“It’s an age of unprecedented, staggering technological change. Business models are being transformed, lives are being upended, vast new horizons of possibility opened up. Or something like that. These are all pretty common assertions in modern business/tech journalism and management literature.
Then there’s another view, which I heard from author Neal Stephenson in an MIT lecture hall last week. A hundred years from now, he said, we might look back on the late 20th and early 21st century and say, “It was an actively creative society. Then the Internet happened and everything got put on hold for a generation.””
“[Thiel’s] lecture points to a provocative possibility: that the competitive spirit capitalism engenders can sometimes inhibit the creativity it requires.
Think about the traits that creative people possess. Creative people don’t follow the crowds; they seek out the blank spots on the map. Creative people wander through faraway and forgotten traditions and then integrate marginal perspectives back to the mainstream. Instead of being fastest around the tracks everybody knows, creative people move adaptively through wildernesses nobody knows.”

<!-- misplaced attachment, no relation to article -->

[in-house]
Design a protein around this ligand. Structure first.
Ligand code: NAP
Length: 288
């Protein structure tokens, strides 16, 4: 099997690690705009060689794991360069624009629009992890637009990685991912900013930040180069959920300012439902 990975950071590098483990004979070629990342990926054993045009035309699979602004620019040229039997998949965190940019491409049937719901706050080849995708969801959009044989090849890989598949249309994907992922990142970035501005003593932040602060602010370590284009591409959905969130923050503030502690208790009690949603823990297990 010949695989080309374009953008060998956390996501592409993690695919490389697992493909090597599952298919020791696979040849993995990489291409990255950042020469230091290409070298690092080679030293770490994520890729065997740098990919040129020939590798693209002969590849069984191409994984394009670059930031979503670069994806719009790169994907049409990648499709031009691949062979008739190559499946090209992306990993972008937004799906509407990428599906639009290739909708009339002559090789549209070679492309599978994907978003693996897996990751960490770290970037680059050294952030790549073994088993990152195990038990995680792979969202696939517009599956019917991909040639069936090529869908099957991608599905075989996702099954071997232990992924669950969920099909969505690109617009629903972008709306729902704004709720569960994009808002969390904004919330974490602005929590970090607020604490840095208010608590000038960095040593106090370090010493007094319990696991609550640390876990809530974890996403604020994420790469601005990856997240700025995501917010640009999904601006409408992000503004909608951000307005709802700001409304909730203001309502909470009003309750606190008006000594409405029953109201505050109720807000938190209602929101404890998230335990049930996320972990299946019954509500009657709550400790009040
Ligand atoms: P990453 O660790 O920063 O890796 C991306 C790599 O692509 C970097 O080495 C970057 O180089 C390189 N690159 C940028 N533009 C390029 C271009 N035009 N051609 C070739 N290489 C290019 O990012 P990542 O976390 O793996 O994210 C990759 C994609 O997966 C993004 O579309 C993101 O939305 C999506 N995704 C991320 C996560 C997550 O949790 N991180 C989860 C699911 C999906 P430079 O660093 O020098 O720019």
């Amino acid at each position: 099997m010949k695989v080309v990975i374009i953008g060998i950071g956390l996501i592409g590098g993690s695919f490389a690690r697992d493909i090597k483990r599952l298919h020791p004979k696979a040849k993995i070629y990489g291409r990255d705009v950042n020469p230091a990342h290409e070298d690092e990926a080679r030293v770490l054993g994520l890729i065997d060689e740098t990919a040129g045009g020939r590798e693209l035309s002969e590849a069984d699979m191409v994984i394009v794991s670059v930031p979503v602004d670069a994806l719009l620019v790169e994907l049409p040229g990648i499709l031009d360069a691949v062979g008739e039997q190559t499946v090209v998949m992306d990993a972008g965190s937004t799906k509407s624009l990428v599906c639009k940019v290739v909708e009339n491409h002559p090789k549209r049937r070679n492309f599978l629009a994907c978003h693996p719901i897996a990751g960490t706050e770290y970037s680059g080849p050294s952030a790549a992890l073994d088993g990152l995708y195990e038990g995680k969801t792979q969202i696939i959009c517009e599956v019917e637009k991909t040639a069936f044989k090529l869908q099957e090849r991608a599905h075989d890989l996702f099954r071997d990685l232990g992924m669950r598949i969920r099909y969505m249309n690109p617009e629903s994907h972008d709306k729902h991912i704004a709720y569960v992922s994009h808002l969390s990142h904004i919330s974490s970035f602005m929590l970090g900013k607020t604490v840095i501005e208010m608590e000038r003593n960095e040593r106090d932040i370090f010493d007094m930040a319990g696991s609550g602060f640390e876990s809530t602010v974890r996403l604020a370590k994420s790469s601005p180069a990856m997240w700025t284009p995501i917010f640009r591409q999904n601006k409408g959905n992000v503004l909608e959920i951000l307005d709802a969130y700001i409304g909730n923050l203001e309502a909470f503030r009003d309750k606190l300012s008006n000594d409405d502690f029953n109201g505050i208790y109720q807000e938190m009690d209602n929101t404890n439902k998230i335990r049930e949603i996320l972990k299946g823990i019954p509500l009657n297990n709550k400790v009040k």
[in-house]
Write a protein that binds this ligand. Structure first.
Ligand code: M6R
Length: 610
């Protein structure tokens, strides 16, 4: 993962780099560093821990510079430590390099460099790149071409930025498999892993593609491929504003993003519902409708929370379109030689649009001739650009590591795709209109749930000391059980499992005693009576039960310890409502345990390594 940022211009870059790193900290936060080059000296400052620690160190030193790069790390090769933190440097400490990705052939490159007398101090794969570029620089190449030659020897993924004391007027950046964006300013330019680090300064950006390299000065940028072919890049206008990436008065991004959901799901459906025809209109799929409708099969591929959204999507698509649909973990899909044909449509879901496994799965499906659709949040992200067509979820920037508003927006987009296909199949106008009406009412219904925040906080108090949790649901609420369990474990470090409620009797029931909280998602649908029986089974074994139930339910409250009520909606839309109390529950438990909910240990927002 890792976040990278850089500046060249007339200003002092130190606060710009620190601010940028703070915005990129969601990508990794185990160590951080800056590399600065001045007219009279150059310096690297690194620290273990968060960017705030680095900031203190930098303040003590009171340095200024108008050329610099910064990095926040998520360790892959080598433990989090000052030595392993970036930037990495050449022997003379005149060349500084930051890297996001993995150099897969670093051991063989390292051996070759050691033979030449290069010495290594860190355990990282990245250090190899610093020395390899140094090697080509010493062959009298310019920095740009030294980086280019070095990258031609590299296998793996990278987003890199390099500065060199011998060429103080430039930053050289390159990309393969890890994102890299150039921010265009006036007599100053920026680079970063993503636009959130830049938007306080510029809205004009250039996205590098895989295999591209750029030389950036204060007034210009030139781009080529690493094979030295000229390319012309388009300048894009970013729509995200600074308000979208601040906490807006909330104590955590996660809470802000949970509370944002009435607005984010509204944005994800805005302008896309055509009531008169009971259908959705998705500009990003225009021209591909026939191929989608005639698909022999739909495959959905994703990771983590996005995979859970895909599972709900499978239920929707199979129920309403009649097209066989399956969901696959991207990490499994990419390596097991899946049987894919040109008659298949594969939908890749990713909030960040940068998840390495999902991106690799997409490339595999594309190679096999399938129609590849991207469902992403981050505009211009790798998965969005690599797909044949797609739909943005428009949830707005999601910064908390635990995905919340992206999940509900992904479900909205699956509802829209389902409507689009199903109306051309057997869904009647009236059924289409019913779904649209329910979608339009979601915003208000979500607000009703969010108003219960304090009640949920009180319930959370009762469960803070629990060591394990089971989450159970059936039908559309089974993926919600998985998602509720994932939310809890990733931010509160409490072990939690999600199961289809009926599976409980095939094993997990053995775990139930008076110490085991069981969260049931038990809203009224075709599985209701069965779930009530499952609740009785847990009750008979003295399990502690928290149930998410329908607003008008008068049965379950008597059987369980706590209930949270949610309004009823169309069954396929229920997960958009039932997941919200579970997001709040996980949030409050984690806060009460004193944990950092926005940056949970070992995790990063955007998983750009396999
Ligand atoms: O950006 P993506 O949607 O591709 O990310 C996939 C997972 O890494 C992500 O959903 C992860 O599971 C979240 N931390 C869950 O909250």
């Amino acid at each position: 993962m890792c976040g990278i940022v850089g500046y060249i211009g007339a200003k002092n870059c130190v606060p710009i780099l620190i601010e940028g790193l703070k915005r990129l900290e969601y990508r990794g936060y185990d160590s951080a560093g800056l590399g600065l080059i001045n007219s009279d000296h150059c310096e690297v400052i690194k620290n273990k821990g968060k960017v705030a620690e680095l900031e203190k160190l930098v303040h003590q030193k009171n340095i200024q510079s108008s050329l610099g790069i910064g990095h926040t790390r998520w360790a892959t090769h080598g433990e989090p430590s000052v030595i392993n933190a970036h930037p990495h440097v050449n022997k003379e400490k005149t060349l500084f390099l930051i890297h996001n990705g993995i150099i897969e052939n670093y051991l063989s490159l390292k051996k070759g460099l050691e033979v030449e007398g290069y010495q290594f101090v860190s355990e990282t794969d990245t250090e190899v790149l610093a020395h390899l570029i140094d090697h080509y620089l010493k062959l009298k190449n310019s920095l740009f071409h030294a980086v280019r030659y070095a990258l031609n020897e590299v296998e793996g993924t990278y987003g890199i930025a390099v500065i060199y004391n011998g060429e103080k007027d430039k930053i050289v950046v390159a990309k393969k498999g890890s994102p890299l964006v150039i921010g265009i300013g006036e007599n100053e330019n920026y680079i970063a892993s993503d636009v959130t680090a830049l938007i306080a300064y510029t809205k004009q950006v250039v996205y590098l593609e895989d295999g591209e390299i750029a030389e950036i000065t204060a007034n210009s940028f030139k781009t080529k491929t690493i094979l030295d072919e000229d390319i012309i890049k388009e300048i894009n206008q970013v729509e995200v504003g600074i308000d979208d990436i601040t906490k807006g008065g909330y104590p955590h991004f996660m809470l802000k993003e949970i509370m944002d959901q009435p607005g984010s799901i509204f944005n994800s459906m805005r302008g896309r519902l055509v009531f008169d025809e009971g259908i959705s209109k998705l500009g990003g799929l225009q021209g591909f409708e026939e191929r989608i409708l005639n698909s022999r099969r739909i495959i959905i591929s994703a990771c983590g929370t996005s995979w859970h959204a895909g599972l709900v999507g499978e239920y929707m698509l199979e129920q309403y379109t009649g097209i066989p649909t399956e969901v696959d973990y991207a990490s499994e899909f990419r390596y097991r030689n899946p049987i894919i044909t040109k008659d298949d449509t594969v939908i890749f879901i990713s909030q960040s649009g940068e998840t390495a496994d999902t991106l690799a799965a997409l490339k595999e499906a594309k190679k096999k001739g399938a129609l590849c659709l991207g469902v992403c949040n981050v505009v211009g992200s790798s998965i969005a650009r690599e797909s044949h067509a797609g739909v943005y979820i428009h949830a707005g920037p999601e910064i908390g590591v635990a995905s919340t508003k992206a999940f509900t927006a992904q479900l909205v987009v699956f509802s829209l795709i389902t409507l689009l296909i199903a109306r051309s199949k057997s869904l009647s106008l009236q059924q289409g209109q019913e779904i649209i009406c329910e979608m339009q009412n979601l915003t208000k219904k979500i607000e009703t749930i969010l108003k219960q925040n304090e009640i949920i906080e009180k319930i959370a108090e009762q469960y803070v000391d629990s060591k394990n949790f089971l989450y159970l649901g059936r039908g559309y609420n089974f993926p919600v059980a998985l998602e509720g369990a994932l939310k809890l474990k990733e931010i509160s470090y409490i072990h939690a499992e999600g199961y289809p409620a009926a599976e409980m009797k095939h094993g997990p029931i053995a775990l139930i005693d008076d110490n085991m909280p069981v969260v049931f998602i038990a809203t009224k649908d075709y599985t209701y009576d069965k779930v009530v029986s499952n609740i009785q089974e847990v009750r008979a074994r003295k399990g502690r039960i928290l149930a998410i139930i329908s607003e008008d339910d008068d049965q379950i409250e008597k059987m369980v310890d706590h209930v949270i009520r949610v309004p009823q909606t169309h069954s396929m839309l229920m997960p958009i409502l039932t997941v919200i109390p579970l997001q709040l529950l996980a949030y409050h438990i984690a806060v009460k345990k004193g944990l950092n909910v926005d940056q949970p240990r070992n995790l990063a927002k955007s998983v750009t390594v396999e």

Now think about the competitive environment that confronts the most fortunate people today and how it undermines those mind-sets.
“”Great scientists tolerate ambiguity very well,” Hamming says. “They believe the theory enough to go ahead; [but] they doubt it enough to notice the errors and faults so they can step forward and create the new replacement theory.”
This is perhaps the most important advice from among Hamming’s many suggestions. The path to excellence requires this balance between confidence and doubt, and though this balance is challenging, it’s tractable so long as your recognize what you’re facing.”
“WE expect more from technology and less from one another and seem increasingly drawn to technologies that provide the illusion of companionship without the demands of relationship. Always-on/always-on-you devices provide three powerful fantasies: that we will always be heard; that we can put our attention wherever we want it to be; and that we never have to be alone. Indeed our new devices have turned being alone into a problem that can be solved.”